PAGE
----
2. Public disturbance or commotion; tumultuous disorder; seditious uproar.
Being advertised of some stirs raised by his unnatural sons in England.Sir J. Davies.
3. Agitation of thoughts; conflicting passions.
(Stir"a*bout`) n. A dish formed of oatmeal boiled in water to a certain consistency and frequently
stirred, or of oatmeal and dripping mixed together and stirred about in a pan; a hasty pudding.
(Stir"i*a`ted) a. [L. stiria an icicle.] Adorned with pendants like icicles.
(Stir"i*ous) a. [L. stiria an icicle.] Resembling icicles. [Obs.] Sir T. Browne.
(Stirk) n. [AS. stric, from steór a steer. See Steer a young ox.] A young bullock or heifer. [Prov.
Eng. & Scot.] Sir W. Scott.
(Stir"less) a. Without stirring; very quiet; motionless. "Lying helpless and stirless." Hare.
(Stirp) n. [L. stirps, stirpis.] Stock; race; family. [Obs.] Bacon.
(Stir"pi*cul`ture) n. [L. stirps, stirpis, stem, stock, race + cultura culture.] The breeding
of special stocks or races.
(||Stirps) n.; pl. Stirpes [L., stem, stock.]
1. (Law) Stock; race; family. Blackstone.
2. (Bot.) A race, or a fixed and permanent variety.
(Stir"rage) n. The act of stirring; stir; commotion. [Obs.] T. Granger.
Stirrer up, an instigator or inciter. Atterbury.
(Stir"rer) n. One who, or that which, stirs something; also, one who moves about, especially after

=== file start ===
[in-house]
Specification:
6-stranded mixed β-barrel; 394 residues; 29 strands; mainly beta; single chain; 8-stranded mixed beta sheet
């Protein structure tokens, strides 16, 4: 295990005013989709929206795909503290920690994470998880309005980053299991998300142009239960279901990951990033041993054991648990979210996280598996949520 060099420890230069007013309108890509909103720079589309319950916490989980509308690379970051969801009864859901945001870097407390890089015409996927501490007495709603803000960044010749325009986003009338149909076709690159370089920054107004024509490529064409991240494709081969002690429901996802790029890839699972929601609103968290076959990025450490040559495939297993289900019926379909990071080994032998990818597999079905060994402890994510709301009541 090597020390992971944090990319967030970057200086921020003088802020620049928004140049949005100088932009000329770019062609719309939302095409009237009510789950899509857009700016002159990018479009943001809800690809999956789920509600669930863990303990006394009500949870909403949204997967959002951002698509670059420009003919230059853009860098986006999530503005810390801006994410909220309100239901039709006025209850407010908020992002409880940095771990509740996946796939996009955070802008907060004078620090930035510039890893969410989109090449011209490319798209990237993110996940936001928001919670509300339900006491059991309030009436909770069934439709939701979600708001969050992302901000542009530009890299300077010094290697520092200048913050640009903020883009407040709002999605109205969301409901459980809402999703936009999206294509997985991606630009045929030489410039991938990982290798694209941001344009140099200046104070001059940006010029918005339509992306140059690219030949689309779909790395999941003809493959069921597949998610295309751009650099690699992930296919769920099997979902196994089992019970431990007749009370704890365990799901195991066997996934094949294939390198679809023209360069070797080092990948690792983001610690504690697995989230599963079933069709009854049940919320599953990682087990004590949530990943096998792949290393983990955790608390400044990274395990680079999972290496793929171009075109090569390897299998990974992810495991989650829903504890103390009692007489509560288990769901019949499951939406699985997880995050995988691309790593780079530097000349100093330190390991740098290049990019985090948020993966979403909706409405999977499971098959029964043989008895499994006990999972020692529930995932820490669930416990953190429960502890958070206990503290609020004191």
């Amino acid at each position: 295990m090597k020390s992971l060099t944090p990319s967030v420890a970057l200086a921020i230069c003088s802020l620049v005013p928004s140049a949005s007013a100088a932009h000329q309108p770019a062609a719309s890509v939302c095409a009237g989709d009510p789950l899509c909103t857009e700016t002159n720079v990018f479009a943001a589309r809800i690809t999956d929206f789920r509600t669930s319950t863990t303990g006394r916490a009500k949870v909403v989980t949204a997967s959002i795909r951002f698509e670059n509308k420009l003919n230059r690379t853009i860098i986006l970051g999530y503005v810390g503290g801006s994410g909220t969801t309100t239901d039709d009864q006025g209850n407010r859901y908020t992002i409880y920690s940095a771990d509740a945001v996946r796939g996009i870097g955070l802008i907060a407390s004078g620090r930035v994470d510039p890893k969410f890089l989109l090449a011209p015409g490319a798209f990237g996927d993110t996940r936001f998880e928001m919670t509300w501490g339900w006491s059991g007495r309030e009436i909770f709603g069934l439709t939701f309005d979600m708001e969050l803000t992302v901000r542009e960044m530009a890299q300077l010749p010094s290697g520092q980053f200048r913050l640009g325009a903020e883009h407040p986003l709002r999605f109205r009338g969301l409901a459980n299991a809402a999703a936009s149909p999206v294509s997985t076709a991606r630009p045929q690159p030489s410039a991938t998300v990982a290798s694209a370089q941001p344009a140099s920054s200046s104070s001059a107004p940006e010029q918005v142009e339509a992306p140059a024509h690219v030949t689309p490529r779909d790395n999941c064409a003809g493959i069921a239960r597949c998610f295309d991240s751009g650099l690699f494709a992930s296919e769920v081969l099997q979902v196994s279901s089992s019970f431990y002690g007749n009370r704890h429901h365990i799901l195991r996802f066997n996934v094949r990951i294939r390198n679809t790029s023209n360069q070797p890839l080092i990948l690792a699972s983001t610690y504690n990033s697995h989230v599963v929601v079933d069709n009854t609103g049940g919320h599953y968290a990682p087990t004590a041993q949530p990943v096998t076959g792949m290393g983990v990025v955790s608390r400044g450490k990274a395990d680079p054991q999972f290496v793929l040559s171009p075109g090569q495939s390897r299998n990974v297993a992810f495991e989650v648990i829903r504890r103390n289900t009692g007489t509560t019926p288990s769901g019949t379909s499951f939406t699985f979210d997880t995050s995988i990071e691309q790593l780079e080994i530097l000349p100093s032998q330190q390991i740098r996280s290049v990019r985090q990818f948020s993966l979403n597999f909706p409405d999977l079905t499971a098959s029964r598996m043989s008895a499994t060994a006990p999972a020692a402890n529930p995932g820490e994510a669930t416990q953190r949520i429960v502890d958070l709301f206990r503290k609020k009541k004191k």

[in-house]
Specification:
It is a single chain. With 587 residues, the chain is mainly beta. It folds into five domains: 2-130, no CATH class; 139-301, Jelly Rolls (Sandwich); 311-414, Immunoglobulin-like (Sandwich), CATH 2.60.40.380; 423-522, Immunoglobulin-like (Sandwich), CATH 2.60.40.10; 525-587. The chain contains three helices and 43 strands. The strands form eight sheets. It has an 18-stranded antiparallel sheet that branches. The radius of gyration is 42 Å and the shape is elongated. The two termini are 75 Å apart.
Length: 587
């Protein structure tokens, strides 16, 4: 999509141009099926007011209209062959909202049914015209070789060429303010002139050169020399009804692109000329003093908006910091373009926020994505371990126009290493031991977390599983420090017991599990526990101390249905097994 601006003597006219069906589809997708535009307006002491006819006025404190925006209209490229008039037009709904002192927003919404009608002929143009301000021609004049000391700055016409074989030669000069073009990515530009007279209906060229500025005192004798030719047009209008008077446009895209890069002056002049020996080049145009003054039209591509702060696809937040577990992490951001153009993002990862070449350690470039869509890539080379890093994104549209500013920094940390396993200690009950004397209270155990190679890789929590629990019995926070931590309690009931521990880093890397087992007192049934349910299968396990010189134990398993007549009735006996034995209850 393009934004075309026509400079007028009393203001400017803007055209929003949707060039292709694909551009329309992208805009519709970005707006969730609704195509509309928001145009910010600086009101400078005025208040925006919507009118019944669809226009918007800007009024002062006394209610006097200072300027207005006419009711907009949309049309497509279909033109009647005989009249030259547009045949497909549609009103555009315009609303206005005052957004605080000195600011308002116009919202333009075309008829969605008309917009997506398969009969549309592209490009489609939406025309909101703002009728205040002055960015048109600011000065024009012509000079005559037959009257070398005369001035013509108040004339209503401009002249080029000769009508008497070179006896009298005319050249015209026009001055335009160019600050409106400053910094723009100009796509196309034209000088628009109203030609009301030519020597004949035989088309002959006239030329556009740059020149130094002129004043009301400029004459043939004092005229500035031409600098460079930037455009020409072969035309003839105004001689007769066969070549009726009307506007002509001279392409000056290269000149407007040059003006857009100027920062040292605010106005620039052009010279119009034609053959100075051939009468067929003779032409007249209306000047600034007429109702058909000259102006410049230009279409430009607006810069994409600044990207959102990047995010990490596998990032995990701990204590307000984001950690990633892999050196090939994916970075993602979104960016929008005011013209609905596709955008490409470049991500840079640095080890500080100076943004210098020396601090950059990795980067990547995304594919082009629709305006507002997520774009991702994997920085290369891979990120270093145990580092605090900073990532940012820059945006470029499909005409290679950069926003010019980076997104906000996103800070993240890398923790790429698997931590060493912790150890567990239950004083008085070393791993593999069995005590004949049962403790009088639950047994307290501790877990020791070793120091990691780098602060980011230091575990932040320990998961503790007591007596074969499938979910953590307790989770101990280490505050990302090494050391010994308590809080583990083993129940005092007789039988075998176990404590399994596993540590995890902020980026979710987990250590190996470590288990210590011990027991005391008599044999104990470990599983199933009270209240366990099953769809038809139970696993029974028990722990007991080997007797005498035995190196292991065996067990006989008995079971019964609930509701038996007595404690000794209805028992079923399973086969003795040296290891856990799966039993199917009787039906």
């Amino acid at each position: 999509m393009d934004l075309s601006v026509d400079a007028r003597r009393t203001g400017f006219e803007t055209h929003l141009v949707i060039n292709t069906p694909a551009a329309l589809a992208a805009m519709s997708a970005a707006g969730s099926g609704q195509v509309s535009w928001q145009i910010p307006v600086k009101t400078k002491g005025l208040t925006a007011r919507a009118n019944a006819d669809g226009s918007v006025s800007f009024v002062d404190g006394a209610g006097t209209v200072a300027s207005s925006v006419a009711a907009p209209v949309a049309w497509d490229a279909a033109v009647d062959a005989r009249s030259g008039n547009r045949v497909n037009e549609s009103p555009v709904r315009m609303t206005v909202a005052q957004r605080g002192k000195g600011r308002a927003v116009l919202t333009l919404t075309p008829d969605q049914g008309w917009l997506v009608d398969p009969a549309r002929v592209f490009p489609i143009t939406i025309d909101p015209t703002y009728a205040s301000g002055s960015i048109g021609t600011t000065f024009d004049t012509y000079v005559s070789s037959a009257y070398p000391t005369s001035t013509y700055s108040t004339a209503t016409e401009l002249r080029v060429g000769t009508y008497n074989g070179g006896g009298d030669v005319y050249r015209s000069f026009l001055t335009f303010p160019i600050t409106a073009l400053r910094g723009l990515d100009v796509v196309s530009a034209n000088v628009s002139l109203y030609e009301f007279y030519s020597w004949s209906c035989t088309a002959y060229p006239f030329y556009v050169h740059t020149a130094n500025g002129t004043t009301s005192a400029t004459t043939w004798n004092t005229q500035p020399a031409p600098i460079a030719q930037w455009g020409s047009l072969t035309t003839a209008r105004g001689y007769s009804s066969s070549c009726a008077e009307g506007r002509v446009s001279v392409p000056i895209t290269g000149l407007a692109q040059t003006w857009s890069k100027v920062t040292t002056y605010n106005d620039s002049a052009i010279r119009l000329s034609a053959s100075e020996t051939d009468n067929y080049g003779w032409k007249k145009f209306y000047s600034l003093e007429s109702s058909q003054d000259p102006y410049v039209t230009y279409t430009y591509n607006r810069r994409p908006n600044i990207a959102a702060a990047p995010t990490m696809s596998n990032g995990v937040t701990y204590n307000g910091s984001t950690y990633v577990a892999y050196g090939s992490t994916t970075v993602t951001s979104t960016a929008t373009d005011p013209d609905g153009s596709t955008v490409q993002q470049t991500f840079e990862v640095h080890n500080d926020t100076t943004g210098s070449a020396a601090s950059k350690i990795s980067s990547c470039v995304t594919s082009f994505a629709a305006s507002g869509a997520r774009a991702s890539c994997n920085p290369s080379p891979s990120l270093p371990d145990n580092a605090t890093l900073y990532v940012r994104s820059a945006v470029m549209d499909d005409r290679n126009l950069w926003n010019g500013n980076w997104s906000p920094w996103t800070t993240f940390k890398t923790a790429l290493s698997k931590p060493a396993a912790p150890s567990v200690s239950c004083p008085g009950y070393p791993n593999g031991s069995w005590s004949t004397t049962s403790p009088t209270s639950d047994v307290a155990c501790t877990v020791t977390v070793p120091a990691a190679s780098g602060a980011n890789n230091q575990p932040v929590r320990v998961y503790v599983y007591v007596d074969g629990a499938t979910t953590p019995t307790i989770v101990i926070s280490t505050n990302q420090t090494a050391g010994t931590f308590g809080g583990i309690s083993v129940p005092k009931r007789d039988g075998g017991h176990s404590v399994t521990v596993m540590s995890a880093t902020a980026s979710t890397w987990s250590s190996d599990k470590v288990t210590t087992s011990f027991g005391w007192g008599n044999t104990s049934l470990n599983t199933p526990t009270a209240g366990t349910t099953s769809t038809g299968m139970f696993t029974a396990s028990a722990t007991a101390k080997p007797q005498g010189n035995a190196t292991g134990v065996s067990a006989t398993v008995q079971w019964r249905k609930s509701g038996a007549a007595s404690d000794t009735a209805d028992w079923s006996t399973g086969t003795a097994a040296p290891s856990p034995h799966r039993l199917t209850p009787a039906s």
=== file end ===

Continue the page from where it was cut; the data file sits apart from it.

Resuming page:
sleep; as, an early stirrer. Shak.
(Stir"ring) a. Putting in motion, or being in motion; active; active in business; habitually employed
in some kind of business; accustomed to a busy life.
A more stirring and intellectual age than any which had gone before it.Southey.
Syn. Animating; arousing; awakening; stimulating; quickening; exciting.
(Stir"rup) n. [OE. stirop, AS. stigrap; stigan to mount, ascend + rap a rope; akin to G. stegreif
a stirrup. &radic164. See Sty, v. i., and Rope.]
1. A kind of ring, or bent piece of metal, wood, leather, or the like, horizontal in one part for receiving
the foot of a rider, and attached by a strap to the saddle, used to assist a person in mounting a horse,
and to enable him to sit steadily in riding, as well as to relieve him by supporting a part of the weight of
Our host upon his stirpoes stood anon.Chaucer.
2. (Carp. & Mach.) Any piece resembling in shape the stirrup of a saddle, and used as a support,
clamp, etc. See Bridle iron.
3. (Naut.) A rope secured to a yard, with a thimble in its lower end for supporting a footrope. Totten.